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How would one implement a frequency divider? I know I can resample up and then treat it as if I'm at the same frequency, however I want to divide the frequency of my signal by 2 and keep the same number of samples.

I've tried multiplying by a cosine wave at half the frequency then low pass filtering. However the problem with this approach is the timing of the output wave matches the signal mixed in and not the original signal. I need the timing to match the original signal, just be at half the frequency.

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  • $\begingroup$ Can you clarify? Are you trying to (a) implement a DSP system that halves the frequency of an analog signal? Or are you (b) entirely in the digital domain (for instance, doing Matlab simulation)? If (a), I think you'll need to resample. If (b), it may be as simple as multiplying your time vector by 2. $\endgroup$ – MBaz Oct 10 '14 at 20:50
  • $\begingroup$ are you talking about a pitch shifter? $\endgroup$ – endolith Oct 10 '14 at 20:54
  • $\begingroup$ I'm in matlab and am developing an algorithm that will eventually have to work with sampled data. Also the output of this frequency halving will have to be at the same sample rate or atleast align up with the original signal as it contains a clock signal that is needed. I'm developing the sychronozation for MSK. I discovered that I could multiply by cos(w/2) to get the outcome I wanted. $\endgroup$ – tylerjw Oct 10 '14 at 21:55
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    $\begingroup$ Just be aware that multiplying by a cosine may introduce unwanted harmonics. It might work if your signal is relatively narrowband and you low-pass filter it afterwards. $\endgroup$ – MBaz Oct 11 '14 at 0:22
  • $\begingroup$ @endolith, it sure sounds like he's talking about shifting down an octave. $\endgroup$ – robert bristow-johnson Oct 12 '14 at 1:09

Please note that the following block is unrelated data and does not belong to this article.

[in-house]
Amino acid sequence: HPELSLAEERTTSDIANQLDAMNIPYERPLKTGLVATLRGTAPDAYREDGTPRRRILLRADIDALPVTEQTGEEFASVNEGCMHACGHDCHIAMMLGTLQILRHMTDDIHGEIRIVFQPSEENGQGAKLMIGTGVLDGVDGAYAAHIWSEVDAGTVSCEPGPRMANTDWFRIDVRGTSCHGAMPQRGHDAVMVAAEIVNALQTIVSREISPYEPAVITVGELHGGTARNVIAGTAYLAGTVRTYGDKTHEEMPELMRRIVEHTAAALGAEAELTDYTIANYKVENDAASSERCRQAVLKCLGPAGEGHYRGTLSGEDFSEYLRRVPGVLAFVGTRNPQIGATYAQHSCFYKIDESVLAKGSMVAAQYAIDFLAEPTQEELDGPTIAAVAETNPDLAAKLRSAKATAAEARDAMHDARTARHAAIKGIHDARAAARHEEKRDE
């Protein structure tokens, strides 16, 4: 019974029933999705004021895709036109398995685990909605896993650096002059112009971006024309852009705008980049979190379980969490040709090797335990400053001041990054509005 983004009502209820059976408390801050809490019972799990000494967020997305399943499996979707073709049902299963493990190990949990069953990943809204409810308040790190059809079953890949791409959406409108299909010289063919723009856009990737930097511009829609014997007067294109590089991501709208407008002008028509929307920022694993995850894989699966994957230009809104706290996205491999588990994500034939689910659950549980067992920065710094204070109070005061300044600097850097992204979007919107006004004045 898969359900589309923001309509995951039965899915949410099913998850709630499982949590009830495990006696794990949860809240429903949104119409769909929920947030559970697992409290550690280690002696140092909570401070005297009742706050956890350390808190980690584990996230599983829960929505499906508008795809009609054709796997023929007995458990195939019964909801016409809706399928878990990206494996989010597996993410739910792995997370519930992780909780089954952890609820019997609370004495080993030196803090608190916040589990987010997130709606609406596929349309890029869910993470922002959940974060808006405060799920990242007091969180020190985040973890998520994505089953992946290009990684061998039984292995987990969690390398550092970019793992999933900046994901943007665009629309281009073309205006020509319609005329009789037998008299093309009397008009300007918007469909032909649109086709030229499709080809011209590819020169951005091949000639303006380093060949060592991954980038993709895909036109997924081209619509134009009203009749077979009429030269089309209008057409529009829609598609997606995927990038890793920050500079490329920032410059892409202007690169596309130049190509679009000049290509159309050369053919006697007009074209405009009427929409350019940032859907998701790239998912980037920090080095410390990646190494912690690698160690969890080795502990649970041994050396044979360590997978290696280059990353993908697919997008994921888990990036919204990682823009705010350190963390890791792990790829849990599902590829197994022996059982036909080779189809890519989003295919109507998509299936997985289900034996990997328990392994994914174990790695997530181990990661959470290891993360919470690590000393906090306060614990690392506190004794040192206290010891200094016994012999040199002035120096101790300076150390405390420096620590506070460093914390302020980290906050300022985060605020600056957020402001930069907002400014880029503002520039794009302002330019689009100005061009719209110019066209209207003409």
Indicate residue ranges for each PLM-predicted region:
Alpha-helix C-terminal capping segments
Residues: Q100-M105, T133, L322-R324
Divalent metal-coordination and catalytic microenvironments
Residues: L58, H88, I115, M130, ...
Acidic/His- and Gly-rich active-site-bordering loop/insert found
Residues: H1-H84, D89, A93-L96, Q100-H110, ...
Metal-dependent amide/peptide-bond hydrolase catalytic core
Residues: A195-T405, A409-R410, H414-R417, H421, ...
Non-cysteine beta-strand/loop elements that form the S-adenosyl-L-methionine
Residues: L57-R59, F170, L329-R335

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Going by your last comment, I assume I've hit the task you were trying to accomplish.

This is pretty easy to do in software. We'll call you input signal I and your output signal C

Do the following:

  1. C starts out at value zero.
  2. Watch the values for I. When I goes from negative to positive ( or crosses some other threshold going up) set C to 1
  3. Watch the values for I. When I goes from negative to positive ( or crosses some other threshold going up) set C to 0
  4. Repeat steps 2 and 3.

For every sample of I, you get a C that is either 0 or 1. You can send the C value to a DAC or process it further.

This will generate a square wave at half of the frequency of the signal from I.

In an analog system "sharpening the rising edge" (see my earlier comment) would be accomplished by amplifying the signal. Digitally, you can either set a fixed threshold and multiply the incoming values, or lower the threshhold.

The accuracy of the synchronization depends on the sharpness of the rising edge. The sharper the better. With a perfectly vertical edge, the generated clock will be one sample behind the real signal. The slower the rising edge goes up, the more the generated C will lag. At worst you will be 1/2 of a cyle behind, but that takes a really flat rising edge.

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